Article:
• Healthy volunteers will undergo an MRI scan with a maximal duration of 45 minutes. One visit to the hospital (lasting approximately 75 minutes) is required and the healthy volunteers will receive a gift voucher with a value of 25 euros. MRI-safety screening is required before the MRI scan, and consists of routine screening according to the clinical guidelines as determined by the Department of Radiology of the UMCU.
  • Patients will undergo an MRI scan with a maximal duration of 45 minutes. The total visit to the department (including patient preparation, changing of clothes etc.) will last approximately 75 minutes. For determination of renal function, a recent value of the Glomerular Filtration Rate (GFR) (≤21 days) has to be available.

After proper screening, the use of MRI is safe. The use of gadolinium contrast (Gadovist) has a very low risk of contrast induced allergy. For the patients included in the study there is no individual benefit.

Observational
Time Perspective: Cross-Sectional
Not Provided
Not Provided
Non-Probability Sample
  • 10 healthy volunteers
  • 20 patients with pathologically proven stage III NSCLC with lymph node metastases (i.e. excluding T4N0) referred to the department of Radiation Oncology.
Stage III Non-small Cell Lung Cancer
Other: 1 MRI scan

For healthy volunteers: 1 MRI scan without contrast

For patients: 1 MRI scan with contrast

  • Healthy volunteers 1 MRI scan

    Healthy volunteers, recruited at the UMC Utrecht, older than 18, who do not meet the exclusion criteria of the department of Radiology.

    Healthy volunteers will receive 1 MRI scan without contrast agent.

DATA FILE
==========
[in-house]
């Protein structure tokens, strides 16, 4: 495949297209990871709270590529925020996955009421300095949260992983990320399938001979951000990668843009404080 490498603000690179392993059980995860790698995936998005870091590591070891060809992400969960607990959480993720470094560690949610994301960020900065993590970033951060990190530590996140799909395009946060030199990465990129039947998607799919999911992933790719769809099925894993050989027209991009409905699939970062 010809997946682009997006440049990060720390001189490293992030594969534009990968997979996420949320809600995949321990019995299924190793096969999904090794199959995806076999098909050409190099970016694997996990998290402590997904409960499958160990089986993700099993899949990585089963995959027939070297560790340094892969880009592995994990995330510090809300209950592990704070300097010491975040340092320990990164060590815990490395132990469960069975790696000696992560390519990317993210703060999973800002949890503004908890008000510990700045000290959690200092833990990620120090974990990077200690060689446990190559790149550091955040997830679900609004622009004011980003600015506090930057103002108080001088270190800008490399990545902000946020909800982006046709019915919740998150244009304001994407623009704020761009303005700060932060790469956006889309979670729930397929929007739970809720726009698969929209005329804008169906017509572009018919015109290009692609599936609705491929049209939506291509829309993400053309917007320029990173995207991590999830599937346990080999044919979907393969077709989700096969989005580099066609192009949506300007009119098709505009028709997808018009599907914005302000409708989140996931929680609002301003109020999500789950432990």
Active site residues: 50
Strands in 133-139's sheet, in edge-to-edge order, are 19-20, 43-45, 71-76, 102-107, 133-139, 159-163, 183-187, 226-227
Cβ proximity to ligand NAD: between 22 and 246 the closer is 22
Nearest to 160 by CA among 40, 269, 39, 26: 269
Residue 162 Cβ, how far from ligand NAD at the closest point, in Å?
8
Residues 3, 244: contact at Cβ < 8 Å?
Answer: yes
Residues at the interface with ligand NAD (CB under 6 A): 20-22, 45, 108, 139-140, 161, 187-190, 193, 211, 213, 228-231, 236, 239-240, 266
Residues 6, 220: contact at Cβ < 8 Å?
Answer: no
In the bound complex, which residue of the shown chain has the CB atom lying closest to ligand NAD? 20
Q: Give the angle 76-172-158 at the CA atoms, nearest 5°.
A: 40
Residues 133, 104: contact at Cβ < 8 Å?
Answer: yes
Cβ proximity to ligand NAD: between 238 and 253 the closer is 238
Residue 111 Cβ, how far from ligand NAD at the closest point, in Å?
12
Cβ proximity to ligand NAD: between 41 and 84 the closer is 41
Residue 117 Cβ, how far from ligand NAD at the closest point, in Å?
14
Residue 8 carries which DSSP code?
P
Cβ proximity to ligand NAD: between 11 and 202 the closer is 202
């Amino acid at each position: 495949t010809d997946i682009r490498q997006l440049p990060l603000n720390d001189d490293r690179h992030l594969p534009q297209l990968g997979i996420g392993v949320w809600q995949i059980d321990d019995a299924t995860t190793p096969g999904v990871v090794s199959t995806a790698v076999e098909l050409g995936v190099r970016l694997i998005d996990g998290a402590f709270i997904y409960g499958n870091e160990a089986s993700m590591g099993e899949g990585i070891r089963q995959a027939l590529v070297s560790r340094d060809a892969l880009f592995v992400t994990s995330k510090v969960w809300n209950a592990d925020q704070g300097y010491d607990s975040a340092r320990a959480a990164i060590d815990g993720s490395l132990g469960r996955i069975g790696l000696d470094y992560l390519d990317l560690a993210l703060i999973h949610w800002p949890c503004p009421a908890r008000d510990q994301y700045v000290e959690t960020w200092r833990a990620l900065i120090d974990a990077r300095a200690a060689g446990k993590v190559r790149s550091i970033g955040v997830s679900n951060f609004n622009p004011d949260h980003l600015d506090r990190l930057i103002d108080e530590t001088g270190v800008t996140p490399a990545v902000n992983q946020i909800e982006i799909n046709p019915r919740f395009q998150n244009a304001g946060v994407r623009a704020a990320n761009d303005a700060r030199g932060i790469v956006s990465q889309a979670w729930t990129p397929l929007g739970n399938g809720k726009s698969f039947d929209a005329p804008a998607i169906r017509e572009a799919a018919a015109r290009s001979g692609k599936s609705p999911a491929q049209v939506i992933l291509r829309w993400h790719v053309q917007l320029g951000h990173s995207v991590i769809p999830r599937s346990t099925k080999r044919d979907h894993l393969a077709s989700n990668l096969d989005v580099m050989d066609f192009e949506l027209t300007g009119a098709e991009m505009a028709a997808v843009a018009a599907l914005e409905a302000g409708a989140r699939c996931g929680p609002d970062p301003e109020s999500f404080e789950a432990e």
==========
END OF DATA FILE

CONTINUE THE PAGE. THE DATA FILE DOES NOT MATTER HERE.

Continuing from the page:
Intervention: Other: 1 MRI scan
  • Patients with stage III NSCLC, 1 MRI scan

    Patients with histopathologically or cytologically proven stage III NSCLC (excluding T4N0), older than 18, with a recent (≤ 21 days) GFR value available

    Patients will receive 1 MRI scan with contrast agent.

    Intervention: Other: 1 MRI scan
Not Provided

*   Includes publications given by the data provider as well as publications identified by ClinicalTrials.gov Identifier (NCT Number) in Medline.
 
Unknown status
30
Same as current
November 2015
November 2015   (Final data collection date for primary outcome measure)

Inclusion Criteria:

  • Healthy volunteers

    1. ≥18 years.
    2. Written informed consent
  • Patients

    1. Patients with histopathologically or cytologically proven stage III NSCLC (excluding T4N0) referred to the department of Radiation Oncology
    2. ≥ 18 years.
    3. Written informed consent.
    4. Recent (≤ 21 days) GFR value available

Exclusion Criteria:

  • Healthy volunteers:

    1. Volunteers who meet exclusion criteria for MRI following the protocol of the department of Radiology of the UMC Utrecht

  • Patients:

    1. Patients who meet exclusion criteria for MRI following the protocol of the department of Radiology of the UMC Utrecht.
    2. Patients for whom lying still in a supine position for 45 minutes is physically too strenuous (e.g. due to orthopnea).
    3. Glomerular Filtration Rate (GFR) of <30 mL/min/1.73m2 (UMCU protocol 'MRI Contra-indicaties', Version 3 January 2013).
    4. Patients with nephrogenic systemic fibrosis, nephrogenic fibrosing dermopathy or severe renal insufficiency (UMCU protocol 'MRI Contra-indicaties', Version 3 January 2013).
Sexes Eligible for Study: All
18 Years and older   (Adult, Older Adult)
Yes
Contact information is only displayed when the study is recruiting subjects
Netherlands
 
 
NCT02076282
NL46711.041.13
Yes
Not Provided
Not Provided
M. van Vulpen, UMC Utrecht
UMC Utrecht
Not Provided
Principal Investigator: Marco van Vulpen, MD, PhD UMC Utrecht
UMC Utrecht
February 2015